Salient: Victoria University Students' Paper. Vol. 28, No. 8. 1965.
Well ... er ... Thanks!
The Government has, in one budget, increased assistance to students by nearly 40 per cent.
It has accepted the idea of tax-free grants to university research.
It has increased grants for halls of residence to a point where such projects become financially feasible.
We have our reservations on all these points. We would have liked to see a higher grant for first-year students. We would have liked a higher limit on taxfree grants. And we think it inconsistent that hostel subsidies are calculated on £1800 a bed when current building costs are known to be £2000 a bed. We would have liked an interest-free loan scheme for students on overseas models.
We have the background fear that the Budget is an inflationary one and that our increases will be reduced in value by a rise in living costs.
But basically, we must be profoundly relieved that the Government has so thoroughly confirmed the justice of the student case.
The Government had, after all, given us good reason to doubt that they had perceived this fact. We have had too much of inane emotion from people like the member for Hawkes Bay.
We could have done with more of Mr. Lake's terse prose two months ago, in place of the childish attempts to deride and undercut the student case.
We offer Mr. Lake our, qualified, thanks.—H.B.R.
One of the most stupid acts regularly perpetrated by university students is the calling of Special General Meetings to pass mighty-sounding motions on such topics as South Vietnam. More often than not a very small number of students attend the meeting, which discusses, and eventually votes on, many motions. All this may seem quite harmless in itself, and so it is, but the ramifications are often quite serious.
At a recent SGM, less than 80 students voted on whether or not the New Zealand Government should send troops to South Vietnam. Repeat—80 students, only 2.0 per cent of the Victoria student population, voted. And yet the decision was gaily reported by the newspapers, and it became necessary for Tom Robins to write them an explanatory letter.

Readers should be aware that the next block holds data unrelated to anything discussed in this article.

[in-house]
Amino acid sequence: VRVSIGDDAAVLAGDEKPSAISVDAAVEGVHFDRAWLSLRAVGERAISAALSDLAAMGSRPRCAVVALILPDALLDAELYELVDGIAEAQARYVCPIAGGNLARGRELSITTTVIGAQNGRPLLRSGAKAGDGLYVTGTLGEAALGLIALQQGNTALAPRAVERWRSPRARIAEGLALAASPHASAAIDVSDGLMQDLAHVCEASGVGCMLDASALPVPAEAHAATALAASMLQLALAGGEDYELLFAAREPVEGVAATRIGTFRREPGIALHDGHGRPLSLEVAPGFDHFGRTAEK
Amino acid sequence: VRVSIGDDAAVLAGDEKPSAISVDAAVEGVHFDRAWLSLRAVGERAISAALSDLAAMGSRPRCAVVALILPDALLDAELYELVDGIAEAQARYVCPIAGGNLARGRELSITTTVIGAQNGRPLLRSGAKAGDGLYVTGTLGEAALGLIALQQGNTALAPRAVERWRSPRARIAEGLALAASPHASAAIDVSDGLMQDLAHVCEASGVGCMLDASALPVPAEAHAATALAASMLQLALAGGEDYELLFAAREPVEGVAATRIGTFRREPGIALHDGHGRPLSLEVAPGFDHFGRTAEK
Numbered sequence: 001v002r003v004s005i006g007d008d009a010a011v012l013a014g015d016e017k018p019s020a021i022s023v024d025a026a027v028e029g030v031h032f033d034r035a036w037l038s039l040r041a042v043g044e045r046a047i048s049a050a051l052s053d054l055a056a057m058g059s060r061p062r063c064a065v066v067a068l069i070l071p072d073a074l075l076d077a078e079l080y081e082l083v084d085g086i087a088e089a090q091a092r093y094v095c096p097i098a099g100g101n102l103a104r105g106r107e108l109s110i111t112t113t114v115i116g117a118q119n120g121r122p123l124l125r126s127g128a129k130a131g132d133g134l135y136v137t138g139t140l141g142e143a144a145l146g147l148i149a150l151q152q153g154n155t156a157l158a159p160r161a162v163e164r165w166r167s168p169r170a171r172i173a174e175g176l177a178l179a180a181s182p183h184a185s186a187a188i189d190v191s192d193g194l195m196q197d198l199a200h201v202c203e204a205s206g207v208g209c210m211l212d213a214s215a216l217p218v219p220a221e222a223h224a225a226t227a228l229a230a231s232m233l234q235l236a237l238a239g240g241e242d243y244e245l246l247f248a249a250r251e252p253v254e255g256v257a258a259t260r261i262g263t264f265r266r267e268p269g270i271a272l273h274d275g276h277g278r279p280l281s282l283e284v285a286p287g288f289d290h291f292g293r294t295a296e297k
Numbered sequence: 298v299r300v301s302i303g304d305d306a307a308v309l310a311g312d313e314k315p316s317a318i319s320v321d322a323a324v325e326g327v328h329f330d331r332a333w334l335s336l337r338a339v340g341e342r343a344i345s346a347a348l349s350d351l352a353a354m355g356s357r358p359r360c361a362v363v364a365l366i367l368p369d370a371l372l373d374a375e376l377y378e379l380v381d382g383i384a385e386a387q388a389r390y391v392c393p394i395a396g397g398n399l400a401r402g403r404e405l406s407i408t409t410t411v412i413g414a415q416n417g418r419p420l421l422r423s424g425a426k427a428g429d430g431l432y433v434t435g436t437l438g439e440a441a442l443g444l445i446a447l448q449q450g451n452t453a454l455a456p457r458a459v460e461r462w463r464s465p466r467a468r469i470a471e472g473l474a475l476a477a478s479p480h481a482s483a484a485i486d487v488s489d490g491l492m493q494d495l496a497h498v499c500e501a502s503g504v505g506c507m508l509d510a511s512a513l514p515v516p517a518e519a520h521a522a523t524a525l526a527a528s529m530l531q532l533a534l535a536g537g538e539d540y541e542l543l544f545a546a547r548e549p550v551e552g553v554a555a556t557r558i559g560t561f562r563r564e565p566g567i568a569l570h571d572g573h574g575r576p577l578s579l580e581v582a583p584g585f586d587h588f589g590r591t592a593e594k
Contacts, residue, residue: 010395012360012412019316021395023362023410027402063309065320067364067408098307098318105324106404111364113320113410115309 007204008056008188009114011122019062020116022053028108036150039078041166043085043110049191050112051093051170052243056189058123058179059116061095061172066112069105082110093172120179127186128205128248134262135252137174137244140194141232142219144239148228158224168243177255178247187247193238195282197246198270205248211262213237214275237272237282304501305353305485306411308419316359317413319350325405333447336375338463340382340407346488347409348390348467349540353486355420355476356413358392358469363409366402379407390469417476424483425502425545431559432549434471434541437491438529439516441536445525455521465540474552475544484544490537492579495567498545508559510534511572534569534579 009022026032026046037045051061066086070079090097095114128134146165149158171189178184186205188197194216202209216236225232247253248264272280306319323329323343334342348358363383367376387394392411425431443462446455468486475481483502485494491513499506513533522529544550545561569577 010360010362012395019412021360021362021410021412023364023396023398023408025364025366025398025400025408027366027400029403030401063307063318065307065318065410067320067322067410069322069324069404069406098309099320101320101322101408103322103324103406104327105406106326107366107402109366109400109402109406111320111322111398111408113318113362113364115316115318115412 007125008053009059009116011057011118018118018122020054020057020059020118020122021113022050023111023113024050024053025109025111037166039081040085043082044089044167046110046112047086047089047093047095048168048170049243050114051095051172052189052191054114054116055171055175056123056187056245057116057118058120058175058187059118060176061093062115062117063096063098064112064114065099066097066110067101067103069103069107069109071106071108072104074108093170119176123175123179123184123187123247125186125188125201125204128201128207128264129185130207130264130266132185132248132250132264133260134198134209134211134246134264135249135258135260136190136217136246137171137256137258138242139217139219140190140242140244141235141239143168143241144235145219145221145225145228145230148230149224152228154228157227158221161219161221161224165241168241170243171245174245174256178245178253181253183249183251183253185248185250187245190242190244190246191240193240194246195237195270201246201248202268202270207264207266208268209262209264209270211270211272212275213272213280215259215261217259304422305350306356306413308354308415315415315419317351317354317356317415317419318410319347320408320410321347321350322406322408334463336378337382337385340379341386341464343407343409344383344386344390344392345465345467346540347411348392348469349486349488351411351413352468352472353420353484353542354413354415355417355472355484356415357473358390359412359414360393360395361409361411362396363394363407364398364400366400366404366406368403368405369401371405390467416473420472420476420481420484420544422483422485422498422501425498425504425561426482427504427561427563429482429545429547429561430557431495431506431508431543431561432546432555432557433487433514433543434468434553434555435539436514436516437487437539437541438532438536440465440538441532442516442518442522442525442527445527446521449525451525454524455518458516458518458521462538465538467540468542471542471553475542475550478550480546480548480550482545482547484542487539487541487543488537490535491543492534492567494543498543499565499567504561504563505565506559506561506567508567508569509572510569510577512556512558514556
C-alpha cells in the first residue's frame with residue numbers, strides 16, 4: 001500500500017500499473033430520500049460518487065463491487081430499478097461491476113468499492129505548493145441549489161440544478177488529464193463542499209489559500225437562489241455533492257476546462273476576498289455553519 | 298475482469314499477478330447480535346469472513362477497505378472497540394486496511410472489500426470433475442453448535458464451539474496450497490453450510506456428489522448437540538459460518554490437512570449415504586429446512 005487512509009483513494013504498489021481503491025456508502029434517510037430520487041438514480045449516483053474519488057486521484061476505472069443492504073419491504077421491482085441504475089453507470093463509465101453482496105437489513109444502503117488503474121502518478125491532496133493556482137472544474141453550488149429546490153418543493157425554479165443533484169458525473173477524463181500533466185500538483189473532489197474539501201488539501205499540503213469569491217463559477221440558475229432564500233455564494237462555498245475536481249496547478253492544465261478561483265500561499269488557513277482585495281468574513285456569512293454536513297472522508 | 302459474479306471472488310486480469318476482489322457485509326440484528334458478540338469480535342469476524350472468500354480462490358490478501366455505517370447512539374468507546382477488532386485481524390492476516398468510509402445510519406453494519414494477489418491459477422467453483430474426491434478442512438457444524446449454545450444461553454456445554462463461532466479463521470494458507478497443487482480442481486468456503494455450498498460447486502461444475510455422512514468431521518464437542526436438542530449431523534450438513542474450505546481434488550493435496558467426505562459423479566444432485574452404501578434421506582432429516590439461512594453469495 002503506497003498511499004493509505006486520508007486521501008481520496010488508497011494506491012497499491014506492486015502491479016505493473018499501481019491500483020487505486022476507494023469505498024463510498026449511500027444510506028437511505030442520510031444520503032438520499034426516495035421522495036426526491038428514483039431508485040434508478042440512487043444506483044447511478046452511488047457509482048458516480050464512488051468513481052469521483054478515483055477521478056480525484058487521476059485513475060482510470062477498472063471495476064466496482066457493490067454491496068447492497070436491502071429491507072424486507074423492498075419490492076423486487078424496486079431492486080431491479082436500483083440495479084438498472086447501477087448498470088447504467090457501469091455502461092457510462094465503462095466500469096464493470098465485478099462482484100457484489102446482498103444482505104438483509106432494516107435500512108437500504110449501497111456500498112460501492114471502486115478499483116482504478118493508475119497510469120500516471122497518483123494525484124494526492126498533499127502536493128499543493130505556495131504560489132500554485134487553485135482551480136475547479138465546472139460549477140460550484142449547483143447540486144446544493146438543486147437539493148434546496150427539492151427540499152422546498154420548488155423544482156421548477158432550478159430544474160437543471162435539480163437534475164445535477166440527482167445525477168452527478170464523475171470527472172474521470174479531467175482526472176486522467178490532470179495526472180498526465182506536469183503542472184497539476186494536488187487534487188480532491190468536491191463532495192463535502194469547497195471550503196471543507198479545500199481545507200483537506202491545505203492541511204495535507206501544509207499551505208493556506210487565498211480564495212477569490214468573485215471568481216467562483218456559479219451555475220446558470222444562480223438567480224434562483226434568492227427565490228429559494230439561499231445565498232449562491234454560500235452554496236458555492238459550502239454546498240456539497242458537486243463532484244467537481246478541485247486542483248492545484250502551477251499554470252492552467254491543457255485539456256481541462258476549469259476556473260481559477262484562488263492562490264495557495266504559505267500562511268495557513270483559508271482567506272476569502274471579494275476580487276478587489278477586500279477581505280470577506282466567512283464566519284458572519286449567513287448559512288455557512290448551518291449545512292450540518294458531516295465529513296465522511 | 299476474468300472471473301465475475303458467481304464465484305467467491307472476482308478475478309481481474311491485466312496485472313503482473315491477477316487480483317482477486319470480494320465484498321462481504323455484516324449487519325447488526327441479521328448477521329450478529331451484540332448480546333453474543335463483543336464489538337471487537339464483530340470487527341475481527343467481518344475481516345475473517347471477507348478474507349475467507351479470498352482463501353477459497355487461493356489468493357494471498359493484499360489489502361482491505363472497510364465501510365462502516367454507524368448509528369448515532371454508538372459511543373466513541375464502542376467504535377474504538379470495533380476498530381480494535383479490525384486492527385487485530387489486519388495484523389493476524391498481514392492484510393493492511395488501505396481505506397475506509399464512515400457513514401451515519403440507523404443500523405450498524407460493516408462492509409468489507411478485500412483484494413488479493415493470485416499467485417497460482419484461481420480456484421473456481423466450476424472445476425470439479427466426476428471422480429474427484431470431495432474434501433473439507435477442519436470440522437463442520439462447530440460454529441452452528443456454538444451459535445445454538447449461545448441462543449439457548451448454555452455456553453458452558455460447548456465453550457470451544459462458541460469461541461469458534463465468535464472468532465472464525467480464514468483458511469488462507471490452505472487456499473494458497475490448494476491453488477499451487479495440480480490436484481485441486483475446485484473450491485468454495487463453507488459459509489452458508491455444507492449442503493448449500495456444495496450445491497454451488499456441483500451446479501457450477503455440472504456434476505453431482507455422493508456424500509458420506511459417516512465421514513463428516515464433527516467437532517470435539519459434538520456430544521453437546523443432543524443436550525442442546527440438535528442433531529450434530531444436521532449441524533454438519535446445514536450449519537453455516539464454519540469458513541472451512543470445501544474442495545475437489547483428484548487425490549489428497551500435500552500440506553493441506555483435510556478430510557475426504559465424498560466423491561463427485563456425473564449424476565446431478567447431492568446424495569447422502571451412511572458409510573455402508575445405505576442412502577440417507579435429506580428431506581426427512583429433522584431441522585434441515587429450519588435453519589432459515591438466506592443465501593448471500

Who should be blamed for this ridiculous situation? The newspapers? Perhaps. But it would seem more sensible if we were to clean up our own back yard first. The SGM motion originators should look at their actions and decide what, if anything, they hope to achieve.
If the aim is to have an evening's intellectual discussion, then there can be no quarrel with this objective. This is what we come to university for.
But it follows that if the idea is solely to have an intellectual discussion, then there may be no need to vote on it and there is certainly no need to broadcast the result to the world at large.
The aim, however, may well be deeper than this. At the SGM that voted on the Vietnam issue, the meeting was happy, nay demanding, that the result of the debate should be released to the news media.
This attitude is irresponsible. Such people know that Victoria students will be lumbered with the decision, and it apparently worries not one whit. The answer regularly trotted out to such charges is that the other 4120 students could have come along and voted against the motion had they wanted to.
But this argument is spurious. The other 4120 did not know before the meeting which way the voting would go, so while they did not come along to vote against the motion, just as surely they did not vote in favour of it either.
To be fair, it must be pointed out that the meeting resolved that the numbers who voted be included in the press release. But this is always an empty gesture.
The number was never mentiond—either it was never released or the news media did not see fit to publish the information. But the reason is immaterial —and the result was to be expected, for it has happened many times before.
Our professional SGM wanglers have not learned past lessons. Either they are stupid in not realising the consequences of their actions, or they are irresponsible insidious schemers, intent on furthering causes in which they believe at the expense of honesty and far representation.—G.E.J.L.